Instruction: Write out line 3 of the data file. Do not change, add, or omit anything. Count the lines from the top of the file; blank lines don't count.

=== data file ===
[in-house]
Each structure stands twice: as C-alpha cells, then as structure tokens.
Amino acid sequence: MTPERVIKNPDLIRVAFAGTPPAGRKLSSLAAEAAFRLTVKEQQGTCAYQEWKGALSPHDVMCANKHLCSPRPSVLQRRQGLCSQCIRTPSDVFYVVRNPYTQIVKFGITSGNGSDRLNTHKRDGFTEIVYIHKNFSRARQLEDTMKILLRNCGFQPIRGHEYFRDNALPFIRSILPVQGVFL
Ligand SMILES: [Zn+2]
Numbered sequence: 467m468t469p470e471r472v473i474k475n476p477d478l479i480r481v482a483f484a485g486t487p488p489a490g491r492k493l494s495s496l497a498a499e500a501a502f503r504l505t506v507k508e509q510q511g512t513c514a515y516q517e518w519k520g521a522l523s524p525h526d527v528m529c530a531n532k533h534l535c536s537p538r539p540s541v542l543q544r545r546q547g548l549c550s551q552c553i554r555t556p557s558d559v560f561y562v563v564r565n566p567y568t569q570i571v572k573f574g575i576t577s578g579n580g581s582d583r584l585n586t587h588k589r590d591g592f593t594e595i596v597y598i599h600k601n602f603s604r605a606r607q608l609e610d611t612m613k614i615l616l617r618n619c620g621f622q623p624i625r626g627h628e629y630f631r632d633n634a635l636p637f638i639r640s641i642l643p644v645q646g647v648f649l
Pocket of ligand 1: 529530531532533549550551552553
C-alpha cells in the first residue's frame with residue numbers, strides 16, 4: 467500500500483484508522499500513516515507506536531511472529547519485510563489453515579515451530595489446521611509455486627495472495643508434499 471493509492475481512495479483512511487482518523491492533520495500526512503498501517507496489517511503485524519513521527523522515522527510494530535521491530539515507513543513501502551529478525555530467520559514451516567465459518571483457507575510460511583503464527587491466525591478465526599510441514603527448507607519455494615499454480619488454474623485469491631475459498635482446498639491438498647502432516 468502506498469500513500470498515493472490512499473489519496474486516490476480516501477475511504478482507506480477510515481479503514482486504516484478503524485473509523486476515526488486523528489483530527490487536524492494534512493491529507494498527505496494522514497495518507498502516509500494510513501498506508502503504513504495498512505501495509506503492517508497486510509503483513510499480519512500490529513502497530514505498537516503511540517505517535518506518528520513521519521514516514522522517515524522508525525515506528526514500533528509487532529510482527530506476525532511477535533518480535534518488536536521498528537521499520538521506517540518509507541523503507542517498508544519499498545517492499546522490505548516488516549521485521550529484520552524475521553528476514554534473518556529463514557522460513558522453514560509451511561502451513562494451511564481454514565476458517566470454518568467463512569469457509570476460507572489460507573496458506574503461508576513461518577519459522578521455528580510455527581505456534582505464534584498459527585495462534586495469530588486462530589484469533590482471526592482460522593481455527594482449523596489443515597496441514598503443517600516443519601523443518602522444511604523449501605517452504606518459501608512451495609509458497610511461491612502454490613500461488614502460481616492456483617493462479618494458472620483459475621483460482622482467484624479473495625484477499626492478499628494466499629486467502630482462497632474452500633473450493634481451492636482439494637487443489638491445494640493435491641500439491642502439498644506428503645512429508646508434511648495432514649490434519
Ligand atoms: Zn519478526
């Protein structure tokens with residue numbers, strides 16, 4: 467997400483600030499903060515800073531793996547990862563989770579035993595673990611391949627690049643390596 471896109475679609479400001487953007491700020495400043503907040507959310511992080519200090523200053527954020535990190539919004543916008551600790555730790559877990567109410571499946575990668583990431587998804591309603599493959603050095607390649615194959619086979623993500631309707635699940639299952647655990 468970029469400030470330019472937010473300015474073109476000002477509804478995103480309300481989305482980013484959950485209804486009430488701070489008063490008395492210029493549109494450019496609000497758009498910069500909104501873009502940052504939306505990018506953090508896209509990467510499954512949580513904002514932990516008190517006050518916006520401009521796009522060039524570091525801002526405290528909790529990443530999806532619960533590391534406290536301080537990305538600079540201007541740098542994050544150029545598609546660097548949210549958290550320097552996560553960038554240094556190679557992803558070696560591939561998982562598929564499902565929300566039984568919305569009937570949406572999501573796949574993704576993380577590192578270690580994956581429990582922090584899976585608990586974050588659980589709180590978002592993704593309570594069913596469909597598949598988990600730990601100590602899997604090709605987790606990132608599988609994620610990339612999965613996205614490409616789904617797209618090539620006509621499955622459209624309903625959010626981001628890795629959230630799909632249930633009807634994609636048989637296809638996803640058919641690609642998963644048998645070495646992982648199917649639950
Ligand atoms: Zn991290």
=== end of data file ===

Amino acid sequence: MTPERVIKNPDLIRVAFAGTPPAGRKLSSLAAEAAFRLTVKEQQGTCAYQEWKGALSPHDVMCANKHLCSPRPSVLQRRQGLCSQCIRTPSDVFYVVRNPYTQIVKFGITSGNGSDRLNTHKRDGFTEIVYIHKNFSRARQLEDTMKILLRNCGFQPIRGHEYFRDNALPFIRSILPVQGVFL